Elementary Crafts to Teach Humility

Humility is considered one of the chief virtues in many cultural traditions.
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In a society that values personal accomplishment and renown, it can be difficult to ensure that children take in the virtue of humility. However, by weaving engaging crafts into your lesson plans, you can ensure that your students have easy-to-remember visual reminders of the value of being humble.

1 The Tortoise and the Hare

The classic fable of the tortoise and the hare is an excellent example of the difference between pride and humility: The proud hare is so confident in his speed that he takes a nap in the middle of the race and lets the slow tortoise pass him and win. To illustrate this story, have your students make models of the tortoise and hare out of modeling clay or paper.

Your students might decorate the hare with shiny stickers or plastic crystals to illustrate his boastful nature, and portray the tortoise in drab colors, such as green or brown. Set up a finish line in your classroom and have your students re-enact the story with their models, and then explain how the fable illustrates humility's long-term advantages over pride.

2 Trees of Pride and Humility

This is a craft that helps students tell the difference between prideful choices and humble ones. Before class, create a list of both proud and humble behaviors.

Have your students cut out two large trees from green construction paper and several dozen small red apples out of red construction paper. Have them mark half the apples with brown and black markers to indicate they are "rotten apples." Tack the two trees to a piece of poster board and label them "Pride" and "Humility."

Then read the list of behaviors you made before class to your students. For each behavior you present, have your students decide whether it's proud or humble. If it's proud, have them write out the behavior on one of the rotten apples and tack it on the "Pride" tree; if it's humble, have them write it on one of the good apples and tack it on the "Humility" tree. This provides your students with an excellent visual illustration of the difference between proud and humble actions.

3 Peaks and Valleys

Provide your class with white paper. Have each of your students cut a circle out of the white paper, and then cut a wedge-shaped section out of the circle. When they're done, they should be able to fold the paper so the two edges where the section was cut out can touch each other, forming a cone from the paper.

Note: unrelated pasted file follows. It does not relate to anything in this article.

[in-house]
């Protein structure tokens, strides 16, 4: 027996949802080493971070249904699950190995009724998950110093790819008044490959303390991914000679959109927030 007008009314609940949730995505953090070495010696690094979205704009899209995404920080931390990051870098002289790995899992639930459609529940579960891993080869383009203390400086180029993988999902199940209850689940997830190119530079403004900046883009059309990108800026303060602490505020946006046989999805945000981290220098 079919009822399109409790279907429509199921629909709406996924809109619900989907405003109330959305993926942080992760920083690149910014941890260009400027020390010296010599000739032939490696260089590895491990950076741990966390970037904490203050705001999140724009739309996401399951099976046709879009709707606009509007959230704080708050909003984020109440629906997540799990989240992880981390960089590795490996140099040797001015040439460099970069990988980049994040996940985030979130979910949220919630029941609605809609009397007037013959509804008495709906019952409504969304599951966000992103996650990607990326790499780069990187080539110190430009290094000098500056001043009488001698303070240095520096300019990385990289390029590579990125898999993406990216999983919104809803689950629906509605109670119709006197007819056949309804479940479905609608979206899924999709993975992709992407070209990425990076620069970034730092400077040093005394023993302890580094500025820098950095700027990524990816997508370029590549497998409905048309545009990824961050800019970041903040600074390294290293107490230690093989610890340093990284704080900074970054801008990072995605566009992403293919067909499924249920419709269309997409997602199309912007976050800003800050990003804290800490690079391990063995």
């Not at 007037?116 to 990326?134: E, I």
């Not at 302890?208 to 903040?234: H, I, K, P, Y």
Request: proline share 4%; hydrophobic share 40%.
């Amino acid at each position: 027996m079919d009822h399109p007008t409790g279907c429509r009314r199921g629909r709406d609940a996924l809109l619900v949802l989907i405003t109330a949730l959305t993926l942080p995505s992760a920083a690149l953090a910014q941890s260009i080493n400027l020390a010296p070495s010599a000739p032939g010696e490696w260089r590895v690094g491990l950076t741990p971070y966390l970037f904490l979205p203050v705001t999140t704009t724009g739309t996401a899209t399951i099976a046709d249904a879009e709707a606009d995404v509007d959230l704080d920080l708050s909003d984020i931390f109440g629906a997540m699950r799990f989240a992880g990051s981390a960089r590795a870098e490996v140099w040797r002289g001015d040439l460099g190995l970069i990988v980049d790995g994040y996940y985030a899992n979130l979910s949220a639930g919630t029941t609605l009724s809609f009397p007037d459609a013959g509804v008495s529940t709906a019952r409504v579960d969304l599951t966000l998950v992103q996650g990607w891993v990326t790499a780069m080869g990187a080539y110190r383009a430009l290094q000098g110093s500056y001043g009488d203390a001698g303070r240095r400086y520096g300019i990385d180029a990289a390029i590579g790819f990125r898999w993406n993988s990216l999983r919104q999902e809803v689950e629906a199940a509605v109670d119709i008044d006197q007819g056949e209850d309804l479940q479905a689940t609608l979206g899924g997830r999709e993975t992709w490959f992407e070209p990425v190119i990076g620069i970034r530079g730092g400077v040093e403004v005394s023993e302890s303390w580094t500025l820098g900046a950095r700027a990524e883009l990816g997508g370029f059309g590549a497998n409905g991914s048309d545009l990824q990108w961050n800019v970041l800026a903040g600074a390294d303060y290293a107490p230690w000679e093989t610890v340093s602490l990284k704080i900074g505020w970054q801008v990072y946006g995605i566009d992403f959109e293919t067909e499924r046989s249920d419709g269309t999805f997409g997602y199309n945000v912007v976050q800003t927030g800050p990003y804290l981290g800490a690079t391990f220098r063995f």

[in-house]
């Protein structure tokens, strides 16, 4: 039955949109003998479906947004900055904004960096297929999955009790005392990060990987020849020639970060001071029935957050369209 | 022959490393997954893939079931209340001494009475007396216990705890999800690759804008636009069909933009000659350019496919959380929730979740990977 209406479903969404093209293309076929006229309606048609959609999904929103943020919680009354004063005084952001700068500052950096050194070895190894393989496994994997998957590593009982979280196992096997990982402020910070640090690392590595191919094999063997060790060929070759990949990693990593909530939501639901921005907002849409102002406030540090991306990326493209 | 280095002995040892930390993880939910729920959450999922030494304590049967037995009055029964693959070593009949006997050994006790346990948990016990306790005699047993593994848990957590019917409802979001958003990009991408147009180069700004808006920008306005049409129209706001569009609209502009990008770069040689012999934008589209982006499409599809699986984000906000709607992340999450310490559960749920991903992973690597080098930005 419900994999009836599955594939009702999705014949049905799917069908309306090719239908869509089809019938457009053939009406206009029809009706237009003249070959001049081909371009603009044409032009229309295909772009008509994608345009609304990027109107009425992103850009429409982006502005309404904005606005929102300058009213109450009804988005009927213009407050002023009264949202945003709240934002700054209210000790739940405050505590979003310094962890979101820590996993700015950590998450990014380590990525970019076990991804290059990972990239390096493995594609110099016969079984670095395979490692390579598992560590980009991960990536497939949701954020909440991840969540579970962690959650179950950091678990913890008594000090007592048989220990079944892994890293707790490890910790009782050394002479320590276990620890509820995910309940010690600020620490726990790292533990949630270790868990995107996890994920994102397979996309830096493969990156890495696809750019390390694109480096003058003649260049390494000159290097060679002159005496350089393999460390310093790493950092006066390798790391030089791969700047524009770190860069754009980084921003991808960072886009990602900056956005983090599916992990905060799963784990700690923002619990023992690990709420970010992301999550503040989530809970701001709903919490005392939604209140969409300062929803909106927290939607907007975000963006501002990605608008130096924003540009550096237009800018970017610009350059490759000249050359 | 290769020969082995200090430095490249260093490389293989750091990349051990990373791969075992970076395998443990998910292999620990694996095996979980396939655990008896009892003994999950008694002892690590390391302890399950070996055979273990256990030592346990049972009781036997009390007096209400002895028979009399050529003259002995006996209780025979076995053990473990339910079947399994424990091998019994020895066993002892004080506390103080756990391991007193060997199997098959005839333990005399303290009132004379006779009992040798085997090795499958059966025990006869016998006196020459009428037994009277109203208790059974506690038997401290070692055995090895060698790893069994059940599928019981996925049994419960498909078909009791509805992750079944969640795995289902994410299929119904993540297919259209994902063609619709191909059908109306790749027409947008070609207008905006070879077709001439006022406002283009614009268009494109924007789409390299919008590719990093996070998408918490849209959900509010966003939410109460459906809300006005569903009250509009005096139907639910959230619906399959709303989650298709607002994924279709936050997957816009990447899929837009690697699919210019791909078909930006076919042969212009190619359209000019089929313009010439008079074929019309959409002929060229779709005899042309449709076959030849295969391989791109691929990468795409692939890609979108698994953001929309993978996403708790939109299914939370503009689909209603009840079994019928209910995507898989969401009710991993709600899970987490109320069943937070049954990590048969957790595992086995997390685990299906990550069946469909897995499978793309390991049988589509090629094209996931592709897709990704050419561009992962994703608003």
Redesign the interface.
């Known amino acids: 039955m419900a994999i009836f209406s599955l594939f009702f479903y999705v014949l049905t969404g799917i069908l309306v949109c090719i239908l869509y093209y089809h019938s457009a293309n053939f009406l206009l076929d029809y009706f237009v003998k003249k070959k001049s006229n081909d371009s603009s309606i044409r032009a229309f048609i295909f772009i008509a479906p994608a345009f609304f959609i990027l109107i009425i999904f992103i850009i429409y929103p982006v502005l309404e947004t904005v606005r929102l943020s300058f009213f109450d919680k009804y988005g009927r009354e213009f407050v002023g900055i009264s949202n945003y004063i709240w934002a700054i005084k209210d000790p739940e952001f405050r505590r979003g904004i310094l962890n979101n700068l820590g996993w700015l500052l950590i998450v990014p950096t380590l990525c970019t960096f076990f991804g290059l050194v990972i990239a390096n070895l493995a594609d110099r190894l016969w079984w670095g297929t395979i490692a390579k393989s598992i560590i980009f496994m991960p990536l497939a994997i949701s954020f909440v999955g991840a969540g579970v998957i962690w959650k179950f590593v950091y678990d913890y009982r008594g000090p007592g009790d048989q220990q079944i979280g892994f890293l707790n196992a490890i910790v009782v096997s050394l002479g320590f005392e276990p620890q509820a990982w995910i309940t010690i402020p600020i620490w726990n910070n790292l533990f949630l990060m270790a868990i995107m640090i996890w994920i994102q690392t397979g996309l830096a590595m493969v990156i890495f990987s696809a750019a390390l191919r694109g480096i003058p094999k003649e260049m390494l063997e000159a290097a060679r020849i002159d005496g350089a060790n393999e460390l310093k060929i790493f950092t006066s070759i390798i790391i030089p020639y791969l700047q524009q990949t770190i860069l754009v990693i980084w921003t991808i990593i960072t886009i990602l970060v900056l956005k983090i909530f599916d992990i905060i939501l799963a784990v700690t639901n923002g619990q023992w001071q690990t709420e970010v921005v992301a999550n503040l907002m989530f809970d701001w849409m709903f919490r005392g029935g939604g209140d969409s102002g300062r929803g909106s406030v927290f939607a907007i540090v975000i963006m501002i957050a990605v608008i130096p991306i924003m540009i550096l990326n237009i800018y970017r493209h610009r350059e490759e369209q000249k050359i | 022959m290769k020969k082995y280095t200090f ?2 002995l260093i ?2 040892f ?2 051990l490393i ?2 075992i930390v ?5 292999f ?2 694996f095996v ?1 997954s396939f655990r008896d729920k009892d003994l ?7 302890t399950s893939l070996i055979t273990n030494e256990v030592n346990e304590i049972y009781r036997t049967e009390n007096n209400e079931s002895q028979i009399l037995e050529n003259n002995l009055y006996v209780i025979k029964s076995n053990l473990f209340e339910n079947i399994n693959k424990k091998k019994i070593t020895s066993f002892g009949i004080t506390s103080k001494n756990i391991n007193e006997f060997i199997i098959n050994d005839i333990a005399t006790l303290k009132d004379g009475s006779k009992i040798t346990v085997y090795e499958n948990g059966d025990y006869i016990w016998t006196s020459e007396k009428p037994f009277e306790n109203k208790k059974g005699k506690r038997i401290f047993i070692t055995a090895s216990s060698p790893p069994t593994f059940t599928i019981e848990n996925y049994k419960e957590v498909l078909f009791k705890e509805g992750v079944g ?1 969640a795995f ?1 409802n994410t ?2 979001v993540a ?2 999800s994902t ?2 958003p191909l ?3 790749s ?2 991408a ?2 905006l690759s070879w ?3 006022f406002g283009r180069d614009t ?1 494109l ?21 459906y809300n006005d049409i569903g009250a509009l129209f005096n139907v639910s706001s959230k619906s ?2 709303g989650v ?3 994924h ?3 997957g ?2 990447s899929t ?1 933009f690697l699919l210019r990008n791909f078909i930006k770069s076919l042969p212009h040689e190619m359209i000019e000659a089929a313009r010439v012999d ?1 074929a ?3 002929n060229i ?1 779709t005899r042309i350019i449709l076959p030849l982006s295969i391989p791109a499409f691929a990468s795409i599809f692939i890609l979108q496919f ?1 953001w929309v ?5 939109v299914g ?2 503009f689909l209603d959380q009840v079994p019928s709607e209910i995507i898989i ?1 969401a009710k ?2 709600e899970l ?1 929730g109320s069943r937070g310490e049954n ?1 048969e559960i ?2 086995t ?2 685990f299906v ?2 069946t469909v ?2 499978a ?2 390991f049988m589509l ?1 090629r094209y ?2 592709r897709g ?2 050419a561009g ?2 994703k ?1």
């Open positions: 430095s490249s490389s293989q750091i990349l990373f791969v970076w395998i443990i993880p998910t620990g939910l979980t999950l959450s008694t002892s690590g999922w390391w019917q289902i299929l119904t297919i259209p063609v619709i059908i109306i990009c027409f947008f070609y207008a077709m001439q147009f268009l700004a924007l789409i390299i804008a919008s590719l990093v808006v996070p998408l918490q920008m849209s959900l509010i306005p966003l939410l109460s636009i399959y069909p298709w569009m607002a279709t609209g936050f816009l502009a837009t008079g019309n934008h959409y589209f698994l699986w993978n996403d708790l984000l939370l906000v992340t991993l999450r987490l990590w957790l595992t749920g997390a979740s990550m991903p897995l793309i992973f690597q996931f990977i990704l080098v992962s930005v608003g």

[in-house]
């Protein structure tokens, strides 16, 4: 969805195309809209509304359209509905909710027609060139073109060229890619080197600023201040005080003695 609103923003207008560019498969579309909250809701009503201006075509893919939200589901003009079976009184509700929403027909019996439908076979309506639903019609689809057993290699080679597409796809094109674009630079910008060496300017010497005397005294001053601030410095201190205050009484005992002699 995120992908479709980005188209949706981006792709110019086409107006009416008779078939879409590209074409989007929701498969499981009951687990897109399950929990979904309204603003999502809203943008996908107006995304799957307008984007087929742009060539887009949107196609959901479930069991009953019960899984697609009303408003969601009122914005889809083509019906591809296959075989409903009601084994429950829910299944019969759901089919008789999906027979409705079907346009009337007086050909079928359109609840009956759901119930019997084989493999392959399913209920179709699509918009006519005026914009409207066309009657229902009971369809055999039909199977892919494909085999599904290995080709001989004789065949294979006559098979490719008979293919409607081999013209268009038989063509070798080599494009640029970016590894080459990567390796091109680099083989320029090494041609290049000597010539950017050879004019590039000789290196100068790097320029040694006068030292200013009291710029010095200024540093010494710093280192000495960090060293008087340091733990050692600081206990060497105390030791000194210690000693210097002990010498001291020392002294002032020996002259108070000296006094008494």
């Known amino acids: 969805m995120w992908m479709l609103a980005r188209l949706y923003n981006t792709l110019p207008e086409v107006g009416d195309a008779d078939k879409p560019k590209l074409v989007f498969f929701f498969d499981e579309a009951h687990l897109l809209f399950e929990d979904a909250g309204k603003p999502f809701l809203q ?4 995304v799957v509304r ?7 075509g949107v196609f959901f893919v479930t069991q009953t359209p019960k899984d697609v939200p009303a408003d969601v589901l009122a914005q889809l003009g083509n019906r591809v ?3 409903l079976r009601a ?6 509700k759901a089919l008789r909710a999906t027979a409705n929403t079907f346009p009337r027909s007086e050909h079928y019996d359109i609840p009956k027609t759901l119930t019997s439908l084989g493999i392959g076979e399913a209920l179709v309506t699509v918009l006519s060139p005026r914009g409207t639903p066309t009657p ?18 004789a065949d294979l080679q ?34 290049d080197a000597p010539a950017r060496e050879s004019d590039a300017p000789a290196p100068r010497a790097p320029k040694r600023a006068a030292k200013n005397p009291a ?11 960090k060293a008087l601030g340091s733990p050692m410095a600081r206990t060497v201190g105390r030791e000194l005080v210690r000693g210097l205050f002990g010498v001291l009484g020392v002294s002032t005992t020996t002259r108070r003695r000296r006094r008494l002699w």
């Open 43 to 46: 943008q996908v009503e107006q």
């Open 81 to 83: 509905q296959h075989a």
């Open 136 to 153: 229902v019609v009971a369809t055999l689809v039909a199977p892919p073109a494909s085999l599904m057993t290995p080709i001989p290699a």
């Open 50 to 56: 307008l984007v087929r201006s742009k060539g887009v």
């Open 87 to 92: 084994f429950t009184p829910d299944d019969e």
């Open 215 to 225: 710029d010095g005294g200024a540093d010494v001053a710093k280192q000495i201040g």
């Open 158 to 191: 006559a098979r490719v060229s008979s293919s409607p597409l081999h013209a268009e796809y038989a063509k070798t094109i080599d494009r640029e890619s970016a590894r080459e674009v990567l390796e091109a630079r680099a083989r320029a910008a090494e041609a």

Have your students write "Pride" on one side of the paper with markers or crayons, opposite where the section was cut out, and "Humility" in the same place on the other side of the paper. Have your students color the "Pride" side as a mountain, with a snowcap around the inside of the circle, and draw flowers on the "Humility" side, sprouting out from the inside of the circle.

Then, instruct your students to fold the paper into a cone, with the "Pride" side on the outside. Ask them what they're capable of holding with their pride -- explaining that, if they're standing on the mountain of pride, there's no room to learn new things. Then have them turn the cone over, and ask what they can hold with their humility. Students learn in discussion that, by being humble and keeping an open mind, they have a vessel that is open to new ideas and growth.

4 Things I Do Not Know

Give your students each a piece of construction paper and some markers, and have them draw an outline of their head. Instruct them to leave most of the space on the paper outside the outline. Then read out a list of items that may or may not be known -- such as "my own name," "how many stars there are in the sky," "what my parents are thinking" -- and ask your students whether they know those items.

If they know, have them write that item inside the outline of their head; if not, they should write it outside the outline. When they're done, your students will have a powerful illustration of how limited their knowledge is in the scope of the universe, an excellent reminder to be humble.

Jon Zamboni began writing professionally in 2010. He has previously written for The Spiritual Herald, an urban health care and religious issues newspaper based in New York City, and online music magazine eBurban. Zamboni has a Bachelor of Arts in religious studies from Wesleyan University.